The primary treatment includes:
- Keeping a well-balanced diet.
- Supplying plenty of fresh water throughout the day.
- Balancing salts and acid-base levels.
For the most part, treatment is closely related to your dog’s diet. Although, take note of the fact that kidney failure is not a curable disease. So, it is your job to keep your dog on a strict diet until it’s time to euthanize.
Diet for Dog Kidney Failure
The best thing you can do for your furry companion is changing their diet to a kidney-friendly diet. Your vet will recommend a diet that includes:
- Omega-3 fatty acids – Provide anti-inflammatory relief
- Low sodium and phosphorus – Slows down the progression
- High vitamin B and C – Replenishes lost vitamins and increases appetite.
- Cranberry powder – An antioxidant essential for pain reduction and kidney function.
When to Put a Dog Down with Kidney Failure?
Some dogs will live years after being diagnosed with kidney disease and failure. However, others are not-so-lucky. As much as any owner doesn’t want to see their dog suffer, the best thing you can do is make your dog comfortable until it’s time to euthanize.
A prognosis is made depending on the severity and stage of the disease. Although your dog will be attending weekly to monthly checkups, the late signs of kidney disease include:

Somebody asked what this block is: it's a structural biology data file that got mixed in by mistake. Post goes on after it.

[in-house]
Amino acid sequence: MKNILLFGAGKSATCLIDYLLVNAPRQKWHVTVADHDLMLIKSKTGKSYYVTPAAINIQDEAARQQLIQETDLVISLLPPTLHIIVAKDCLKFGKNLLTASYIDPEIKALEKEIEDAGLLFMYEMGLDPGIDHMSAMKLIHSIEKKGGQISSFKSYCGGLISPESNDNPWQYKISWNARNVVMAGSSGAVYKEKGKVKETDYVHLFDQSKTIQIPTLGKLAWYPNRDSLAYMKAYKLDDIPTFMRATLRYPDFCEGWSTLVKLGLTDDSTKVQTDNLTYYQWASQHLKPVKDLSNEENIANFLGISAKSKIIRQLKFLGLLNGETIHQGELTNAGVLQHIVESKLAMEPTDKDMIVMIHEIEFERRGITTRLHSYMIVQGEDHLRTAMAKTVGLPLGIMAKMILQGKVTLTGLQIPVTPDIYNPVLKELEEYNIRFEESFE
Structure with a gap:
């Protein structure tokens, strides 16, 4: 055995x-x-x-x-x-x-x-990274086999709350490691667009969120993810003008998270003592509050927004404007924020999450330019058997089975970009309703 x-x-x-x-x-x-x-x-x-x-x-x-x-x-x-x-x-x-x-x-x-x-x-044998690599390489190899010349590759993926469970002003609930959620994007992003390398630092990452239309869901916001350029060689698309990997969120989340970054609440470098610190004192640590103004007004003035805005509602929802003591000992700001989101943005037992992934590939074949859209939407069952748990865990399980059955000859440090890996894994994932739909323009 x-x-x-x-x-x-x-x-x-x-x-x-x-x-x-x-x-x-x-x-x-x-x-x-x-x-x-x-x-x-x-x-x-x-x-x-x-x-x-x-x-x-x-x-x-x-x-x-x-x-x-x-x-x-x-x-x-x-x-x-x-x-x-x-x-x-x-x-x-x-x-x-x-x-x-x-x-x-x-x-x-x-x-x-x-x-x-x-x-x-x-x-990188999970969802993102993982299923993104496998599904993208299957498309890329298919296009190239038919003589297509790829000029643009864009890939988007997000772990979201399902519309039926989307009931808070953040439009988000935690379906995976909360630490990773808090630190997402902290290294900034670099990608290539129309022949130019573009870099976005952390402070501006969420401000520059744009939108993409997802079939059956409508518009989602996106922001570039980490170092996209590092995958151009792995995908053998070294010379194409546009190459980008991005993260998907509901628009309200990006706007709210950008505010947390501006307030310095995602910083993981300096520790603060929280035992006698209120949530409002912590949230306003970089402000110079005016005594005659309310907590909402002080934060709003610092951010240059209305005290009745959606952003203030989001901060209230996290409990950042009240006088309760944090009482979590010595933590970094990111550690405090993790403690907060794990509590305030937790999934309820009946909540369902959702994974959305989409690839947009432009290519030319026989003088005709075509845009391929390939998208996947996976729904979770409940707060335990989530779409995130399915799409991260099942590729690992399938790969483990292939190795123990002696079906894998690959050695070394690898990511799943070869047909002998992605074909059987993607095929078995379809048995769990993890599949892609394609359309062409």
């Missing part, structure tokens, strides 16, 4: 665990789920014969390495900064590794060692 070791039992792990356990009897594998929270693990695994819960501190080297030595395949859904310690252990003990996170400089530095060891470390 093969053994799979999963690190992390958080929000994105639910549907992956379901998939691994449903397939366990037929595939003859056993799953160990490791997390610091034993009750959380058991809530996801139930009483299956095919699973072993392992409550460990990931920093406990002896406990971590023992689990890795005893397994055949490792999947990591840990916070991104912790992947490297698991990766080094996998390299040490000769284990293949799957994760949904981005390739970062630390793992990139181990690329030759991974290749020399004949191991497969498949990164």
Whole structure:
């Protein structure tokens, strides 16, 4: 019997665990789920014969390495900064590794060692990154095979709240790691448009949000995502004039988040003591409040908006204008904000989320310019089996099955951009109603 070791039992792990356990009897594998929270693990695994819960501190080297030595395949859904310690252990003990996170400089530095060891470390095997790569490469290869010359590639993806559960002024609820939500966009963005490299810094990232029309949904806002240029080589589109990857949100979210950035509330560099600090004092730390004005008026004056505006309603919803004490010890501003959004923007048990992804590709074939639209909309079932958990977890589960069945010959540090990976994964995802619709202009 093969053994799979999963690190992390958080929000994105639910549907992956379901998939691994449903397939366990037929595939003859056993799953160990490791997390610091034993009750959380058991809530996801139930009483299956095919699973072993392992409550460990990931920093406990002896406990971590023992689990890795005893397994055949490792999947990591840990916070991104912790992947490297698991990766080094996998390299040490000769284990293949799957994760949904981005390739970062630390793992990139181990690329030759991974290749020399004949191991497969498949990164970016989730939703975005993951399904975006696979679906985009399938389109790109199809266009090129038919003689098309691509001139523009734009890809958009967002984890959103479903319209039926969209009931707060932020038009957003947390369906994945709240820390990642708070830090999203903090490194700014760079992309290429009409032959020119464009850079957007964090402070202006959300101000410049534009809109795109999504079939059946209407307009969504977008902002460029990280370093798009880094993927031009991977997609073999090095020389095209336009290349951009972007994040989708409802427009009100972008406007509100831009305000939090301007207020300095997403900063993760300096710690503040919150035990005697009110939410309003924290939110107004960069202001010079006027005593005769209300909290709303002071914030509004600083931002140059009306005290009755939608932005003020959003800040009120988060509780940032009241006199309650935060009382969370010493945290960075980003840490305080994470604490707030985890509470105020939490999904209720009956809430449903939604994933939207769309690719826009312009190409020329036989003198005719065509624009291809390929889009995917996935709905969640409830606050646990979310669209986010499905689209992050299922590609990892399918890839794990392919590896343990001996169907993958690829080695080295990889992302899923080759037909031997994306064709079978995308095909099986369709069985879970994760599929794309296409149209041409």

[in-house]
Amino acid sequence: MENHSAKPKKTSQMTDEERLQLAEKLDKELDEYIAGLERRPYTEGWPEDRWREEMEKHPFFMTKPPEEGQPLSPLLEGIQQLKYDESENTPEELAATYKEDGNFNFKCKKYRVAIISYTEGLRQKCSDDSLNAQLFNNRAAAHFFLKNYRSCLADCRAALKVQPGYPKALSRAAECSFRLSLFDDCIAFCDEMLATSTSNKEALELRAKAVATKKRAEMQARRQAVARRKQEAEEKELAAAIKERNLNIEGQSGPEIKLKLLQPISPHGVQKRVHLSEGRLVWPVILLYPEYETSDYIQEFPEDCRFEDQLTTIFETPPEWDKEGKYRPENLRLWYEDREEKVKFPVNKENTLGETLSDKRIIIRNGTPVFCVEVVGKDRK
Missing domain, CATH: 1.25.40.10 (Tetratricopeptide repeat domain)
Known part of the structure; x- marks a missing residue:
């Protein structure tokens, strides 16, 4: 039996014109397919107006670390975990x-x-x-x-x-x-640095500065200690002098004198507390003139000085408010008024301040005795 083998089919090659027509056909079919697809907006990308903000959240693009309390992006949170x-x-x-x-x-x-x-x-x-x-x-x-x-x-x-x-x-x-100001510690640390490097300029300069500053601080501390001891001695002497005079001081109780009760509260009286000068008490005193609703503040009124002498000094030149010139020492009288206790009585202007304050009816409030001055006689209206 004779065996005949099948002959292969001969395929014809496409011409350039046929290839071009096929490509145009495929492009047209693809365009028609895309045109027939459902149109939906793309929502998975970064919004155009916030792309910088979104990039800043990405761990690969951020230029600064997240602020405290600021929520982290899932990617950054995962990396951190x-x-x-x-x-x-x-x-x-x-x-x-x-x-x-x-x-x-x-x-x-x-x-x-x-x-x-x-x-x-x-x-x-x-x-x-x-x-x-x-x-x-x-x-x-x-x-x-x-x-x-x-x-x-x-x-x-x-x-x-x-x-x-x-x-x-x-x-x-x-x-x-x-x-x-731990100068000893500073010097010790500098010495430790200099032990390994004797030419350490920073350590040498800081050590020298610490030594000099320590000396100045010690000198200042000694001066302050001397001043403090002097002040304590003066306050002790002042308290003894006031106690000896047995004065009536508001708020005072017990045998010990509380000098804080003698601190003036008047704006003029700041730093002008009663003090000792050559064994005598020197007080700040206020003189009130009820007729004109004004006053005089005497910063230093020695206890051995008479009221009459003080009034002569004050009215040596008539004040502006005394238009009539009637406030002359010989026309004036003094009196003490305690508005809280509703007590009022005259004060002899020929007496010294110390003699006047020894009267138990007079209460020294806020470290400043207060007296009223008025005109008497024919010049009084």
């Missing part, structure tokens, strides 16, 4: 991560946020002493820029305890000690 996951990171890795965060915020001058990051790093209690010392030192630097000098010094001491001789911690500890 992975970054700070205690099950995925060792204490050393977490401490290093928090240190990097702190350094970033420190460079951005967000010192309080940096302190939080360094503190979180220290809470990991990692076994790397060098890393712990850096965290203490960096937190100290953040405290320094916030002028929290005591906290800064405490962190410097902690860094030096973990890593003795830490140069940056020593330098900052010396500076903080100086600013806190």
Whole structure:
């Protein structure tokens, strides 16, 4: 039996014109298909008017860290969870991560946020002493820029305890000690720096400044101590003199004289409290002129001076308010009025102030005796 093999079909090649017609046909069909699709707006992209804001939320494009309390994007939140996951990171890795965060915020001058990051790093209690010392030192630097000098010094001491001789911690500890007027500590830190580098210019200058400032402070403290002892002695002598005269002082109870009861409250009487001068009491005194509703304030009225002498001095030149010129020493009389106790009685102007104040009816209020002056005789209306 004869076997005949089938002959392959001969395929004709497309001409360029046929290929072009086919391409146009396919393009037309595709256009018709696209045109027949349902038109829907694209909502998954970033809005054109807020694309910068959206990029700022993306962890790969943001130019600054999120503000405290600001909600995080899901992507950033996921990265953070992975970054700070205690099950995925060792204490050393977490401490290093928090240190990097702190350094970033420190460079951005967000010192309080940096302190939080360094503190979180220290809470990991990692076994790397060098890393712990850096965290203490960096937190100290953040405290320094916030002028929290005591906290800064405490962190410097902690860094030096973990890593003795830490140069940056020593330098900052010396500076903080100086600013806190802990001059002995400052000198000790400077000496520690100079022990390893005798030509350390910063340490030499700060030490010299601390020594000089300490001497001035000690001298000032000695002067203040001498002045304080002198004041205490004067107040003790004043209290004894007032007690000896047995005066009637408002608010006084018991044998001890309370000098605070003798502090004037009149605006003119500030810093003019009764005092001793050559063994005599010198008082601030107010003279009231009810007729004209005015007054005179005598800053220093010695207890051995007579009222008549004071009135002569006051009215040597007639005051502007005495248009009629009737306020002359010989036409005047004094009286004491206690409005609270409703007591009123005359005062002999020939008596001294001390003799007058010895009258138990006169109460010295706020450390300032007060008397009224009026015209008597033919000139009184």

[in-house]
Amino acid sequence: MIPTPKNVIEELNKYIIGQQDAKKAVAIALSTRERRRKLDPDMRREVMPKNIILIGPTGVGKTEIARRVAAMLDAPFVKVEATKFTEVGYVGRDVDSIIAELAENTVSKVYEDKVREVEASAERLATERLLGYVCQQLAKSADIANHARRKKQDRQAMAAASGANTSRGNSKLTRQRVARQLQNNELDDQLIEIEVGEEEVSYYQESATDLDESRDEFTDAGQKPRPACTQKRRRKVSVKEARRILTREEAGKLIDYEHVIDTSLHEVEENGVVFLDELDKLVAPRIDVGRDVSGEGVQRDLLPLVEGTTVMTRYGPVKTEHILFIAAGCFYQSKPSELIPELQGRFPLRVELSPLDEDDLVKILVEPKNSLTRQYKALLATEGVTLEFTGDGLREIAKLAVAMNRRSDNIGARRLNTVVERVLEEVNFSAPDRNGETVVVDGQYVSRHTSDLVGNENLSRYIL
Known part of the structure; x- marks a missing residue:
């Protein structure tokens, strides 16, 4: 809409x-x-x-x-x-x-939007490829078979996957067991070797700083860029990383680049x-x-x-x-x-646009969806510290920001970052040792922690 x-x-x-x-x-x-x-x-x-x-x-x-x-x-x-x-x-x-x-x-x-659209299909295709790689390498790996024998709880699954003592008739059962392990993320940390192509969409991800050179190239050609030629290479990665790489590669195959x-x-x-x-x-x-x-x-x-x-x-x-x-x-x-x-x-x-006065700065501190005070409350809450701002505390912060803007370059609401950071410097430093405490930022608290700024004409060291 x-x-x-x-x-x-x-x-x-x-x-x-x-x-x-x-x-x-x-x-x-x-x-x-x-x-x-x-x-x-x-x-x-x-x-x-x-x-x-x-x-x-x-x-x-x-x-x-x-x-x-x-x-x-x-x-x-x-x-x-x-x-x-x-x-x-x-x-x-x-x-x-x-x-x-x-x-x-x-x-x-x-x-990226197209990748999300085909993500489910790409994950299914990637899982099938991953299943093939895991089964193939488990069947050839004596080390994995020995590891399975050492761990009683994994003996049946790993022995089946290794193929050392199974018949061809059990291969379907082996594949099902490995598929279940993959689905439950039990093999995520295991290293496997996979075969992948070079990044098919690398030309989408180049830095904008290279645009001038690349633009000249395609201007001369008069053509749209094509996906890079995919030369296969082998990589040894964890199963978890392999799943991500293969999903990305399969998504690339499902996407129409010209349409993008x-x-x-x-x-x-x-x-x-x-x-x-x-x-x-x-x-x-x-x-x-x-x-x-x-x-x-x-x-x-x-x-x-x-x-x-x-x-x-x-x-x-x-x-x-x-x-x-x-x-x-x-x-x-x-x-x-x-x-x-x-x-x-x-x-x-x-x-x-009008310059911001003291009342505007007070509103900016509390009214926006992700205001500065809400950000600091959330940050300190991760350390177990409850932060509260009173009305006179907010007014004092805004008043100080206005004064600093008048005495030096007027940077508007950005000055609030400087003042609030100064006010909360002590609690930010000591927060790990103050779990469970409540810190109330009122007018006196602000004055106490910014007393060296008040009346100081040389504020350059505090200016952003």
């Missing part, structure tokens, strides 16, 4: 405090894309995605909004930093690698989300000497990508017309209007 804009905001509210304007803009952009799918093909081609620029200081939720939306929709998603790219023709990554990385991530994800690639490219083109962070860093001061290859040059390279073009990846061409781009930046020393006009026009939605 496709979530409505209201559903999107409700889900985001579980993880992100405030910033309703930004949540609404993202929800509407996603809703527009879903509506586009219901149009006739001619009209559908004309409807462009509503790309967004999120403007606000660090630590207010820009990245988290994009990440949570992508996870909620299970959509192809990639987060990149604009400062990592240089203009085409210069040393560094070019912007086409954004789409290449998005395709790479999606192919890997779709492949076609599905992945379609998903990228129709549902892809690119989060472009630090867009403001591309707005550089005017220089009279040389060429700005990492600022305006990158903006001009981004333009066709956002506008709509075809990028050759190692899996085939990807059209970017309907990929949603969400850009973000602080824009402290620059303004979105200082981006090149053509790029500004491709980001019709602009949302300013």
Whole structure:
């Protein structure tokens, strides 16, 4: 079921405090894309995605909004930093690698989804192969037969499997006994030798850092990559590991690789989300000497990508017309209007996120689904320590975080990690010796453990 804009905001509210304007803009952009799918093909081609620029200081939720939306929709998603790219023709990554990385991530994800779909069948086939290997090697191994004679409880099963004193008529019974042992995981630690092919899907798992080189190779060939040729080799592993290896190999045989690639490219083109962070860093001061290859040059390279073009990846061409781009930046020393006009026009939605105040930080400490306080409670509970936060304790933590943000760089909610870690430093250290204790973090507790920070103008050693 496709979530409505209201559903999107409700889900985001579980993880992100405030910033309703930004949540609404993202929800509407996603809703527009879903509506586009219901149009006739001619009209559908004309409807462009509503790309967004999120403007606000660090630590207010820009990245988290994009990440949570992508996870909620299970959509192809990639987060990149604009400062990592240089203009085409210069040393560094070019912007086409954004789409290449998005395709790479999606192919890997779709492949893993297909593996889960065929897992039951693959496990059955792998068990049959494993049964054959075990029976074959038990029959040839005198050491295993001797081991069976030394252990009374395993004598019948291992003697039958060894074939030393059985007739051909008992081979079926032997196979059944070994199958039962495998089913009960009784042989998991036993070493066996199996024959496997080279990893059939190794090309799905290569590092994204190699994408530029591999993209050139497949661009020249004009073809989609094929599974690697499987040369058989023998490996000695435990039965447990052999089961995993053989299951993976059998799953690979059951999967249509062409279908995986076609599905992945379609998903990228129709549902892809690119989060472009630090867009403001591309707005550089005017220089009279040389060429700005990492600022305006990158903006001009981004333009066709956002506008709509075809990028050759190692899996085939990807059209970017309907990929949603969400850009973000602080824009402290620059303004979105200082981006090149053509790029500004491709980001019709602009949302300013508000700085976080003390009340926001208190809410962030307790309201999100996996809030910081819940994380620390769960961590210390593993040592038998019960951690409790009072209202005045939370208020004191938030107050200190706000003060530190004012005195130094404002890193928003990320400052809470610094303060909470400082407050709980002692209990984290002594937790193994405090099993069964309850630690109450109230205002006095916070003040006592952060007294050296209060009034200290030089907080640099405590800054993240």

- Whining from pain
- Little to no energy
- Little to no drive for life
- Excessive sleep
Noticing any of the above signs means a scheduled appointment with your vet. Please take comfort in knowing that you were there for your dog all the way through and did everything in your power to keep them healthy.
For the most part, dogs rarely feel any pain regarding kidney failure. Aside from pain, your dog will feel uncomfortable with the progression of symptoms and the regular poking and prodding associated with vet visits.
When it comes to dog kidney failure and when to euthanize, take the time to spend quality time with your dog. Kidney failure will not restrict their activity (until the later stages), so make an effort to continue daily exercise routines. The best way to make your dog comfortable is not changing their routine – just their food.
When it comes time to euthanize, you’ll be ready, and it is a memory you’ll take with you forever.